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View Diary: The War Against Poor People (30 comments)

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  •  Been fighting this one on FB (13+ / 0-)

    First of all, I agree with the diarist 100%.

    I have been fighting this particular one on Facebook and the pushback I'm getting is 3-fold.  

    1)  I have to submit to drug-testing for my job (or to get a job).  Why should it be considered a burden for "those people" but not for me.

    My current response is:  a private employer can put conditions on employment.  The government is bound by the laws regarding "probable cause."  There is no "probable cause" to test 100% of the drug recipients when you have a 98% negative return.

    2)  Every person in favor of drug testing seems to have seen somebody using an EBT card (the modern equiv. of food stamps) in the grocery store, flashing $100 bills to get smokes and liquor, then driving away in their BMWs, or some combination of this fairy tale.  

    My current response is 2 fold: a) I went from making over $50K a year to $0.00 income.  I'm on EBT.  My clothes and my car haven't changed, but my income sure has.  I shouldn't have to sell myself down to rags and a 20-year old junker before you think I'm worthy of using that card.

    And b)  if you've seen this, why didn't you report it?

    3)  It's not that expensive to test.  What is everybody whining about?

    My current response is:  each individual test cost isn't the point.  The point is that states that are crying about how cash-strapped they are still spending (or plan to spend) tens of thousands of dollars -- funneled into some private drug-testing company's pockets -- for a program with a success rate of about 2%.  How is this worth anybody's money to implement?  Aren't there better uses for a state's limited resources than lining some private company's pockets?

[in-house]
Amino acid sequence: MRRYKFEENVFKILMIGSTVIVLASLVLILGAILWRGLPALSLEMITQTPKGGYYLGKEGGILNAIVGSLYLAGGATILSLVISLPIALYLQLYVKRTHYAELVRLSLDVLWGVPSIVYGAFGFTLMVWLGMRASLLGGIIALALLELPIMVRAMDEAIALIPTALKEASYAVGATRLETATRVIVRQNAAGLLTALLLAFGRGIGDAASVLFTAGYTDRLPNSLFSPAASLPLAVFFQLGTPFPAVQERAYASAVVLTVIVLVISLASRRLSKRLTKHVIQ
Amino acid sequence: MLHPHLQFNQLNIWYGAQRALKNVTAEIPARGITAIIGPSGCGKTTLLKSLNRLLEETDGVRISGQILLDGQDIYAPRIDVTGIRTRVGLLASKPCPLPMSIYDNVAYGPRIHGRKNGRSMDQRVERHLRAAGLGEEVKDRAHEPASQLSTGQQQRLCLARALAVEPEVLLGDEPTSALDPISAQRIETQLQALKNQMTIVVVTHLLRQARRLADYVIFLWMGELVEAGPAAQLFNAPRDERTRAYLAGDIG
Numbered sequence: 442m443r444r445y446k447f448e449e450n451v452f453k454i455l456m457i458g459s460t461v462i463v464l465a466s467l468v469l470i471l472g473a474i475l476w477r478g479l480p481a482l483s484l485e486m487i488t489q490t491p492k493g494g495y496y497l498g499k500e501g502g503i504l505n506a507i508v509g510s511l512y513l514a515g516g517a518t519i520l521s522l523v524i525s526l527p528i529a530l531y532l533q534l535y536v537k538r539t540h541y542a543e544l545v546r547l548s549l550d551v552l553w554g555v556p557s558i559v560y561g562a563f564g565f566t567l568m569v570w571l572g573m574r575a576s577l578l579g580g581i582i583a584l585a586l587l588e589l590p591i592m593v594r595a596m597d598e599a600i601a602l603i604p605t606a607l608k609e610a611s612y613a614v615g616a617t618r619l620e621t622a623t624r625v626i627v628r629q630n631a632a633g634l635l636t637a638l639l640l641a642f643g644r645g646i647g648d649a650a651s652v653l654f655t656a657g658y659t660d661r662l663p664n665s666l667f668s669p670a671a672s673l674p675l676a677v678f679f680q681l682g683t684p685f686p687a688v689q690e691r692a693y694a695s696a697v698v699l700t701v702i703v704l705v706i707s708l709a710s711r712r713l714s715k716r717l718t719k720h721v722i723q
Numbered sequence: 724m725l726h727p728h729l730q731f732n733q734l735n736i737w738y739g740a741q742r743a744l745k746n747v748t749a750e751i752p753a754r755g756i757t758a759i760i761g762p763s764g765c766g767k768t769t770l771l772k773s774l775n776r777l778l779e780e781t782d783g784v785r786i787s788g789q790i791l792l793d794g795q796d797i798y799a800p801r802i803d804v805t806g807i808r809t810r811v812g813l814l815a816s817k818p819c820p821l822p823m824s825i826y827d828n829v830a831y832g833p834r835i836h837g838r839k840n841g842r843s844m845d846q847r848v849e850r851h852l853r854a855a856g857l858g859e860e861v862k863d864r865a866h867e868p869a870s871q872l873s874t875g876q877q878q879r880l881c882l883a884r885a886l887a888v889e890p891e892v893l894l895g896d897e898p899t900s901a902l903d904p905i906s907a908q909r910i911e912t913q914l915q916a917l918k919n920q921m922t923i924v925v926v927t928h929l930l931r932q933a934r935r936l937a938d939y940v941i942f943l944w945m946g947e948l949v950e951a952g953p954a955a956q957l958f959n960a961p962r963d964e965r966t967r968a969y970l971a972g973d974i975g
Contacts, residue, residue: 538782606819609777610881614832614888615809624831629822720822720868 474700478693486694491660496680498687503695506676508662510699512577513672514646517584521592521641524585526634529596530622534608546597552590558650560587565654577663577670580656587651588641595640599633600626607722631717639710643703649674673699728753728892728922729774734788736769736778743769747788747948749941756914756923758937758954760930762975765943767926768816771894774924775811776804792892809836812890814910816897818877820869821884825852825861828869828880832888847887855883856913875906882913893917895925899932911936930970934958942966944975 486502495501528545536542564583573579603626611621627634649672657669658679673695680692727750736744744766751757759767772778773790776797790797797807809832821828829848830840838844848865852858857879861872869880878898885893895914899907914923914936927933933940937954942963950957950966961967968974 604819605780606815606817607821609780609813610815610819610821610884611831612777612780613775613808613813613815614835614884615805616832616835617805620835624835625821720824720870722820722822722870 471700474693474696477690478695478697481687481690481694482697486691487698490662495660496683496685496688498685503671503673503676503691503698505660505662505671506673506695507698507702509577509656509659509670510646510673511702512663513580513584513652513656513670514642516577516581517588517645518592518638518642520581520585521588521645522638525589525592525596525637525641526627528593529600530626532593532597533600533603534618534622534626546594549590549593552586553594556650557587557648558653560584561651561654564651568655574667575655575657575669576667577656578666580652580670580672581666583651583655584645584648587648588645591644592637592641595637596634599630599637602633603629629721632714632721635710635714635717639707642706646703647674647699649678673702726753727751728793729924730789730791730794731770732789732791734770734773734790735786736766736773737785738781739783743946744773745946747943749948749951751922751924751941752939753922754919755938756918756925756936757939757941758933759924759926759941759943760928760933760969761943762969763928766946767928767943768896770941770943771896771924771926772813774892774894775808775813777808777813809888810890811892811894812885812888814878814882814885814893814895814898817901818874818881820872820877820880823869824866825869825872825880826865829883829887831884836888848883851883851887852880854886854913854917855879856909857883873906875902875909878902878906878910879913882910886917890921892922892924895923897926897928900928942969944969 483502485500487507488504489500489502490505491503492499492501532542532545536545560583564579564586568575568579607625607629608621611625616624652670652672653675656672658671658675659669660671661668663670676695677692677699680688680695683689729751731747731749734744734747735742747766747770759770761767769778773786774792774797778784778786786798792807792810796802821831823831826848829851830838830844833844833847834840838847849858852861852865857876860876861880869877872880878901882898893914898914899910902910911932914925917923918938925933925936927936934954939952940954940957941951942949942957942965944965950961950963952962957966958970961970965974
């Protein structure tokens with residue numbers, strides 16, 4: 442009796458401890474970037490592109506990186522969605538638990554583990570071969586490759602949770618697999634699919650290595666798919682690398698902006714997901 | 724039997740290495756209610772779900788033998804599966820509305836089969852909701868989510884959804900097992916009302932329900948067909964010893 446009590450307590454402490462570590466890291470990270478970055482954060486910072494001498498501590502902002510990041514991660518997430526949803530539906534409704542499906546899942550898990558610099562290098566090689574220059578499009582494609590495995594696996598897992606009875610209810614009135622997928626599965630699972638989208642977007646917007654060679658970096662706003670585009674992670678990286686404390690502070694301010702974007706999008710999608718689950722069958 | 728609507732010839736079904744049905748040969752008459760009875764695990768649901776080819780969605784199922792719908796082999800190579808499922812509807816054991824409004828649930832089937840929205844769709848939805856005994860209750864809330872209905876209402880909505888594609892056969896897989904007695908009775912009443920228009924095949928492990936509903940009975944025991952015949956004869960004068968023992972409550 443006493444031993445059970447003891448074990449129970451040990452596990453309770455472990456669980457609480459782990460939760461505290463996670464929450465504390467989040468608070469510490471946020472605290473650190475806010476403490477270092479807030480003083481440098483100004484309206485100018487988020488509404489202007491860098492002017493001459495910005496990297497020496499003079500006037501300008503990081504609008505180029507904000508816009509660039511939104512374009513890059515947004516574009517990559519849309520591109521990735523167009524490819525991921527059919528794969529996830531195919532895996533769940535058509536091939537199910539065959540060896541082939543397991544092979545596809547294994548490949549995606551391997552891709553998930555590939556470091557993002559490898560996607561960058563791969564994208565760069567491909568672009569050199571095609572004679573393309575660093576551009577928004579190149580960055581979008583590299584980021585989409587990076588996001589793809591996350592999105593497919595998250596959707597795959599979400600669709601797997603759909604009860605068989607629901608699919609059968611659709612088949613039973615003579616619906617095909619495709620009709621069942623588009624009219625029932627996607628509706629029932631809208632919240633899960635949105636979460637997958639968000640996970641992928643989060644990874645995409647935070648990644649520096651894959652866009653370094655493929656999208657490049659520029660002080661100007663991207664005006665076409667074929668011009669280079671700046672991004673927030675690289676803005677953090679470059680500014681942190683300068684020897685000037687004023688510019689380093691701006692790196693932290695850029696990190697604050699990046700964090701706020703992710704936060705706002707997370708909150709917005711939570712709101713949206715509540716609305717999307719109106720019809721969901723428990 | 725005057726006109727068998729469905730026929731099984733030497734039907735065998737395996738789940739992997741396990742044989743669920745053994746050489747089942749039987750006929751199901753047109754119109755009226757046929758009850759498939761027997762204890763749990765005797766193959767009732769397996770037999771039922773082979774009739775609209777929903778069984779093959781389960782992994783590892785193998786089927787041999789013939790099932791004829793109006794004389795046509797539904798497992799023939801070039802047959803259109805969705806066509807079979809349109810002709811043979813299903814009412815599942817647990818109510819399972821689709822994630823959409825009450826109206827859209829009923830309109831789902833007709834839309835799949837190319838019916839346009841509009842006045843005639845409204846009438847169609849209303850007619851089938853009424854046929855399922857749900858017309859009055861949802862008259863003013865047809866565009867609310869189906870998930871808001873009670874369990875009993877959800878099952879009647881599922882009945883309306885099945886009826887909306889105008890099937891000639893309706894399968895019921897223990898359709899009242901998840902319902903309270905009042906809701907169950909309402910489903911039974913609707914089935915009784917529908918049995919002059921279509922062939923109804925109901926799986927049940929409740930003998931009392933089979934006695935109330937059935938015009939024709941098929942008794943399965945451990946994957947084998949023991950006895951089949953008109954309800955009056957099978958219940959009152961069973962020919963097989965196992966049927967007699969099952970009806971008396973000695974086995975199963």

Most of the response to this is along the lines of "Yeah, but..." and "I don't want MY money going to drug addicts..." and so on.  I'm hoping that in all of that, someone is reading what I'm writing and it's making an impression.

    Any suggestions on how to do it better?  I've brought in small government, fiscal conservativism, rights of individuals and even "you've been there -- I know you have.  You really want to have to pee in a cup just to get the benefits you know you have a right to?"

    "There isn't a way things should be. There's just what happens, and what we do." — Terry Pratchett (A Hat Full of Sky)

    by stormicats on Sun Nov 18, 2012 at 08:34:03 AM PST

    •  Thanks! (4+ / 0-)

      I feel like I've been fighting this one out on Facebook as well.  I think what people don't understand is the underlying message.  What they're (people that want  poor and unemployed people tested) saying is people are more likely to be abusers of drugs.  Or even more accurately, that the reason that they are poor or unemployed is because of drugs.

      The whole poor people are shiftless and lazy meme drive me nuts.  And its not like they make public office holders or people with government contracts get tested.

    •  My usual response (1+ / 0-)
      Recommended by:
      socindemsclothing

      aside from the ones you've just mentioned:

      Gee, I hope you're not one of those people who think poor people are the worst people in the world.  Because I know people like that and they're all bigots.
      ...and depending on who I'm talking to here in Alabama I might throw in "...and that's just not very Christian/Biblical."

      “Nice country you got here. Shame if something were to happen to it” --the GOP philosophy to governing as described by Paul Krugman

      by dwayne on Sun Nov 18, 2012 at 03:36:41 PM PST

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      •  Problem is, there are people I regard as friends (0+ / 0-)

        Folks that I have stood by in horrendous circumstances, people who have stood up for me when everyone else was looking the other way.  I don't want to stomp on their toes -- I just want to help them see things from a broader perspective and see themselves in what they are saying.